A Moroccan appeals court beefed up prison terms against 15 African migrants involved in a June border tragedy in which two dozen migrants died, a rights group said Friday.
The migrants, from Sudan and Chad, were arrested after some 2,000 people stormed the frontier with the Spanish enclave of Melilla on June 24 in a bid to reach European Union territory.
Rights groups accused border guards on both sides of responding with excessive force, leaving at least 23 migrants dead – the worst toll in years of such attempted crossings.
The 15 migrants were found guilty of illegally entering Morocco, violence against the police, armed assembly, and resisting arrest.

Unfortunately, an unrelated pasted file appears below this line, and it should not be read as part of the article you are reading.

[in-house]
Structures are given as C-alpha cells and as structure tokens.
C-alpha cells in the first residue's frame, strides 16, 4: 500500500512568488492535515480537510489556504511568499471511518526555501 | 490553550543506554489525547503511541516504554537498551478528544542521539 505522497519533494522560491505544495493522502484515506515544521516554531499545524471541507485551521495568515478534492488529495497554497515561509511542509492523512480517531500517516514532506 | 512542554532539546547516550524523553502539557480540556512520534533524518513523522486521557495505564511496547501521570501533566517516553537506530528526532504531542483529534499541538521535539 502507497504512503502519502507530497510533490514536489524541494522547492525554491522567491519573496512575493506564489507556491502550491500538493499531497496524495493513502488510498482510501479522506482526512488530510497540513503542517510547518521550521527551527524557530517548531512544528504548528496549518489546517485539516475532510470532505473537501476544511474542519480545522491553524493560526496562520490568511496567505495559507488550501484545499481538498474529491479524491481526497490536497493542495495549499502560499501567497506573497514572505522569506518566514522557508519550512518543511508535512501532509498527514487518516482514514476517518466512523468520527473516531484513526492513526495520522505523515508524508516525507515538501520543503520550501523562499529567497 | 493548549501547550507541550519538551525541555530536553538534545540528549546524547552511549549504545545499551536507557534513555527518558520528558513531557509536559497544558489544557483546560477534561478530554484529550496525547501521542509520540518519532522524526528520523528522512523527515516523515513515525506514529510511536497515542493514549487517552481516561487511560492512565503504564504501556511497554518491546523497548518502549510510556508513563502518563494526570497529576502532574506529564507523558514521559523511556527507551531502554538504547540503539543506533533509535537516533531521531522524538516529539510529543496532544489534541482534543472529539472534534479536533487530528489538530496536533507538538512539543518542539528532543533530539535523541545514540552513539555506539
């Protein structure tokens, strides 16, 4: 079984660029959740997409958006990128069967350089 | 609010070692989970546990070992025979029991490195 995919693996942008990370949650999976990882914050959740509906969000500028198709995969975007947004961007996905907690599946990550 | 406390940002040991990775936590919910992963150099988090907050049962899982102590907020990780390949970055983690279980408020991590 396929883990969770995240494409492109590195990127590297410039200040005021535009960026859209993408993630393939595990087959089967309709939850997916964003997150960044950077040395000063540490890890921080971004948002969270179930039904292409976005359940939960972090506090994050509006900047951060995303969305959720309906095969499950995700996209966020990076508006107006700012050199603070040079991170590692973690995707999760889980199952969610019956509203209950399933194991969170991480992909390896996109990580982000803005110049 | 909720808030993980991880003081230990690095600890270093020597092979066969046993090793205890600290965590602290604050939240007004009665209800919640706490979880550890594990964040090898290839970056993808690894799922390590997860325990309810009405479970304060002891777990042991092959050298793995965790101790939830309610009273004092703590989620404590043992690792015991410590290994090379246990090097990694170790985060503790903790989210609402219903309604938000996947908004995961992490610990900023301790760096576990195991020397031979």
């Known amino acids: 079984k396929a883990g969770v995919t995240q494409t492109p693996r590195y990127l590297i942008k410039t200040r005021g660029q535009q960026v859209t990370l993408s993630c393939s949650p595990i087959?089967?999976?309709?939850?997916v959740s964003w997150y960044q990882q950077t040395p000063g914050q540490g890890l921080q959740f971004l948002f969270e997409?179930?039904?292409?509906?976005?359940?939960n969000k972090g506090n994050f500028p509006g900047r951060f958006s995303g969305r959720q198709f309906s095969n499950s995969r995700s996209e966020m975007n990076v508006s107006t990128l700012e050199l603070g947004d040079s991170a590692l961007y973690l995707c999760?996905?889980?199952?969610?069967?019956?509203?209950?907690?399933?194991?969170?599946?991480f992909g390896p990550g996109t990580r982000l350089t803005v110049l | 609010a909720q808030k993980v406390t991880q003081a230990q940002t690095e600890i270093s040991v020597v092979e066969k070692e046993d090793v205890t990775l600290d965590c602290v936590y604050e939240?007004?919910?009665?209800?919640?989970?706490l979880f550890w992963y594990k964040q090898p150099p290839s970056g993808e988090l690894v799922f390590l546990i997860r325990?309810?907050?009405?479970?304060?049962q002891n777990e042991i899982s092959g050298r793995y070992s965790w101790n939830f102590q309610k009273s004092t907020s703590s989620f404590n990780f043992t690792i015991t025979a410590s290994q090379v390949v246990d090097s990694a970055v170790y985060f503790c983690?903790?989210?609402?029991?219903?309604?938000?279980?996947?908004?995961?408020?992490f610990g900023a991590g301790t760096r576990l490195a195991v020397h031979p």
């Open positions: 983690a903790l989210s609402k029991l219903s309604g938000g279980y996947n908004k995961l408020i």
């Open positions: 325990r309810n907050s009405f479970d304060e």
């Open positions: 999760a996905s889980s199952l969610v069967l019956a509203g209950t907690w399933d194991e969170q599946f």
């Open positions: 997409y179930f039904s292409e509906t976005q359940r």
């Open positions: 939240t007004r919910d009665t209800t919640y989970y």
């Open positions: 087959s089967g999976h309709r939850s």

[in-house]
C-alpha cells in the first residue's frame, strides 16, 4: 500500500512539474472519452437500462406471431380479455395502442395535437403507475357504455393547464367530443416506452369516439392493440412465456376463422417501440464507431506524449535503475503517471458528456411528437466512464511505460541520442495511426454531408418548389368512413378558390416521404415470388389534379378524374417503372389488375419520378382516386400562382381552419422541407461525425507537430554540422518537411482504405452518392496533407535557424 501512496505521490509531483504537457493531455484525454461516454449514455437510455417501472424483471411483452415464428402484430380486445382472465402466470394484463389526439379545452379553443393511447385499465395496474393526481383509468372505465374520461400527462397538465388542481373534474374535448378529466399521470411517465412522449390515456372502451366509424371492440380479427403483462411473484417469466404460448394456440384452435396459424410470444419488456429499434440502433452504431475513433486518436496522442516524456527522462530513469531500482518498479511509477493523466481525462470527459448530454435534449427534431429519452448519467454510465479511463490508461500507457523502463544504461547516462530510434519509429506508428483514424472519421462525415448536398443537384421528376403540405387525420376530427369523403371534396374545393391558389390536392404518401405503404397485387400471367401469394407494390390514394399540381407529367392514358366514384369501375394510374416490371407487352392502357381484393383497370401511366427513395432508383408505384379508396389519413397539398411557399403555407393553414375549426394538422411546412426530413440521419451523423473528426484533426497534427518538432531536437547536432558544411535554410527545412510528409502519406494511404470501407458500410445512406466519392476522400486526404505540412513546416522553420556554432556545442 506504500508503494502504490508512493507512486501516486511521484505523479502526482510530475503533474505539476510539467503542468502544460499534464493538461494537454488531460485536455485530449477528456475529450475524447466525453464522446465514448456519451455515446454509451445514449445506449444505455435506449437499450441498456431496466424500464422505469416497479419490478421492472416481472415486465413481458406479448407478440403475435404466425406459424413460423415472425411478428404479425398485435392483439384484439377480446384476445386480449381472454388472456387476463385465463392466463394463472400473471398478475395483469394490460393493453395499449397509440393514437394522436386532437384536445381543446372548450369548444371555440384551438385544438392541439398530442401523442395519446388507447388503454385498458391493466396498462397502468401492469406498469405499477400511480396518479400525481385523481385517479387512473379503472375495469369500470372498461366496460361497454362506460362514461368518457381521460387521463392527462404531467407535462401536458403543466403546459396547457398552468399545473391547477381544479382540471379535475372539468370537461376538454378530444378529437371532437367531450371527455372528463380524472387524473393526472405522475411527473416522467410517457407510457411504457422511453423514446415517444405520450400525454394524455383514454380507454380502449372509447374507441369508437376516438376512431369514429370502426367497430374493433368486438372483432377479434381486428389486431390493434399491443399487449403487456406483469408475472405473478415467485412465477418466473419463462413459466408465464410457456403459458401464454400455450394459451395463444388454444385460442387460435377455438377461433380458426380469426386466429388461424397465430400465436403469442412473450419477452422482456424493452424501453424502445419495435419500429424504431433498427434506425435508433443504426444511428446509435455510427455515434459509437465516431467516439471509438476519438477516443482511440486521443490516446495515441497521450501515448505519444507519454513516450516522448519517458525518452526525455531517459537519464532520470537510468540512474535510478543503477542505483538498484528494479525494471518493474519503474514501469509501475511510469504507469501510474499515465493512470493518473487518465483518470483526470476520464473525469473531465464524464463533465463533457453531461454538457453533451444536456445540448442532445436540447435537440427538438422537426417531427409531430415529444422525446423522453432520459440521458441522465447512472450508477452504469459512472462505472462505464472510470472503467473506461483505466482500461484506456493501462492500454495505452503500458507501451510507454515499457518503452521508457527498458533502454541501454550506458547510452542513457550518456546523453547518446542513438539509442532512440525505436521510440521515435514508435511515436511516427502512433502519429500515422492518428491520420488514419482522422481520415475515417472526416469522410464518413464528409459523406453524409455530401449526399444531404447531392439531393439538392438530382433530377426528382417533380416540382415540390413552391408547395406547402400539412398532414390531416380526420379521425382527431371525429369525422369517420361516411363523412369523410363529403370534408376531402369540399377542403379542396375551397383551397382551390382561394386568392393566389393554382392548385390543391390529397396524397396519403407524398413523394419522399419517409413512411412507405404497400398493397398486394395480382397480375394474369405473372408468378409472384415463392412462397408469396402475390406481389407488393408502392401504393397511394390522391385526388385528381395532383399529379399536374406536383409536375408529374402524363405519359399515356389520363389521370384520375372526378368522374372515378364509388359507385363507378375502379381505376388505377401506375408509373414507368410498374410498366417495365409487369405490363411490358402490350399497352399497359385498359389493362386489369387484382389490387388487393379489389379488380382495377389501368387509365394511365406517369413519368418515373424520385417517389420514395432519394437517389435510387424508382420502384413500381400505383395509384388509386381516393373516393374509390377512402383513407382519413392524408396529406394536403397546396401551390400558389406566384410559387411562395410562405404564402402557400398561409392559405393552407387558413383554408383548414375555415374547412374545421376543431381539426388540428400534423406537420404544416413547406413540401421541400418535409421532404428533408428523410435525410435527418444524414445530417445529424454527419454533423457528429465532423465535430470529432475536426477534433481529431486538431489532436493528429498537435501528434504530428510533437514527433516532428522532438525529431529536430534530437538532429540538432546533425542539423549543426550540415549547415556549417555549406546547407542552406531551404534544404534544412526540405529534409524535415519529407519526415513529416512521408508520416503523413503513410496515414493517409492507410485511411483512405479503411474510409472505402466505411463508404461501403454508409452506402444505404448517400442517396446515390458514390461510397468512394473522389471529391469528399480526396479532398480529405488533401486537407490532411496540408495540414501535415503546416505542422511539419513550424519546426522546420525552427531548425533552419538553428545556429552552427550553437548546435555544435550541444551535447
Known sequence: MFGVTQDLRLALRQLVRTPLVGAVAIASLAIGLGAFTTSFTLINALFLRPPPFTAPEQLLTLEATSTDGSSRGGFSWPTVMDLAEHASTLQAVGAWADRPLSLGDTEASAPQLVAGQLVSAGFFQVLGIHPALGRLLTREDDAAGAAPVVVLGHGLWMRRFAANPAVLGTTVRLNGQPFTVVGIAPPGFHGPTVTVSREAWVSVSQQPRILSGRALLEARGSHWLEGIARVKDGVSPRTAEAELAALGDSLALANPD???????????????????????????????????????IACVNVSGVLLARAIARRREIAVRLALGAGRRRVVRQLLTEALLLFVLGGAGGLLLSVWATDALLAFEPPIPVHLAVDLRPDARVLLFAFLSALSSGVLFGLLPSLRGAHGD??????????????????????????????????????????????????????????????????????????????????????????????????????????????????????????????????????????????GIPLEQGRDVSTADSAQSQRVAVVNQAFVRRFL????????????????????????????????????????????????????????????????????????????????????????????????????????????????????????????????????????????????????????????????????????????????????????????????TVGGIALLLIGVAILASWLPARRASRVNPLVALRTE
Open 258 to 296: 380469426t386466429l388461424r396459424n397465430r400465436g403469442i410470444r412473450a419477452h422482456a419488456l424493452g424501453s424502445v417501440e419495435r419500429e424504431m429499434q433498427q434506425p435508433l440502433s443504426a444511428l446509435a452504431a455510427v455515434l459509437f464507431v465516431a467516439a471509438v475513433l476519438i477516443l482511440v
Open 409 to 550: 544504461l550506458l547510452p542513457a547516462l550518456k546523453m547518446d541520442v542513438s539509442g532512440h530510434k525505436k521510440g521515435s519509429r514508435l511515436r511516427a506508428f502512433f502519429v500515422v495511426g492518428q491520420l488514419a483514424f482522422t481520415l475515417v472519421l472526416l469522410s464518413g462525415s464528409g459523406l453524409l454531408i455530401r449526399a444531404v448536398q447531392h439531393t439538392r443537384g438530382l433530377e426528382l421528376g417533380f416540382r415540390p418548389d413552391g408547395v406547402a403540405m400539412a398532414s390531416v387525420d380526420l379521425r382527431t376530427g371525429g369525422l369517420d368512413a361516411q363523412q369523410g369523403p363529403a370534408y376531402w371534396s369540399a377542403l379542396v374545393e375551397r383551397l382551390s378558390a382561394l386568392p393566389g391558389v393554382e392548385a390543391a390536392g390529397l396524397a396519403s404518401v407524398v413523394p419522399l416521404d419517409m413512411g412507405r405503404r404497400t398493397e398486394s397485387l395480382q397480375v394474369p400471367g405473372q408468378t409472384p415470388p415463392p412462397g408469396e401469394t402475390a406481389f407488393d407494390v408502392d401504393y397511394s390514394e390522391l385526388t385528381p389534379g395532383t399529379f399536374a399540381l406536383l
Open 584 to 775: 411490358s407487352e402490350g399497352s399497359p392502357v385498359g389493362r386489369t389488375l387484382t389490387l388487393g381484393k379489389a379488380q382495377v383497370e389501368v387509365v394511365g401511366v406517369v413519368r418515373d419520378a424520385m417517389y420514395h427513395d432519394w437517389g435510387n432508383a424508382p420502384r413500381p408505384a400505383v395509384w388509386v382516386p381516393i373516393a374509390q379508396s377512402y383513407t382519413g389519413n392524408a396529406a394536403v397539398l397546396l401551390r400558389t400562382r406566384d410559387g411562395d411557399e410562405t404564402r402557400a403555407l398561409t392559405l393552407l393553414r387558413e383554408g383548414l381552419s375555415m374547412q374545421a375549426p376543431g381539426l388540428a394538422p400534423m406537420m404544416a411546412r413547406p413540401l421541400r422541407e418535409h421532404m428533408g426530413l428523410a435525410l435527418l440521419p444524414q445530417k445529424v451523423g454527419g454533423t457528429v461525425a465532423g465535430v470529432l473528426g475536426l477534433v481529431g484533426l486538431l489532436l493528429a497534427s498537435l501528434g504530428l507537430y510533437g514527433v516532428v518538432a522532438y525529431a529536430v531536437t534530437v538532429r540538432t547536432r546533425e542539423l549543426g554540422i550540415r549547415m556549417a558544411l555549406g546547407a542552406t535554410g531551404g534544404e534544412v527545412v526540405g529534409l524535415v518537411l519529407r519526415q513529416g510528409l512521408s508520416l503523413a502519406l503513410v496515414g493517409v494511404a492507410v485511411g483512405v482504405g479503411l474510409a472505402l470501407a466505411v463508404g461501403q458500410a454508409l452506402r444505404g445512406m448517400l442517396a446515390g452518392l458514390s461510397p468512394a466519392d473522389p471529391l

On Thursday, an appeals court in the border town of Nador “decided to increase the initial sentences of 11 months in prison to three years” against 15 migrants arrested after the tragedy, said Omar Naji of the AMDH rights group.
“It’s a very severe ruling – we had expected the sentences to be reduced,” Naji told AFP.
He added that all the migrants denied using violence.
The Spanish enclaves of Melilla and Ceuta have long been a magnet for people fleeing violence and poverty across Africa and seeking refuge via the continent’s only land borders with the EU.
Since the June 24 incident, dozens of mostly Sudanese migrants were sentenced to prison terms ranging from eight months to two years in prison without parole.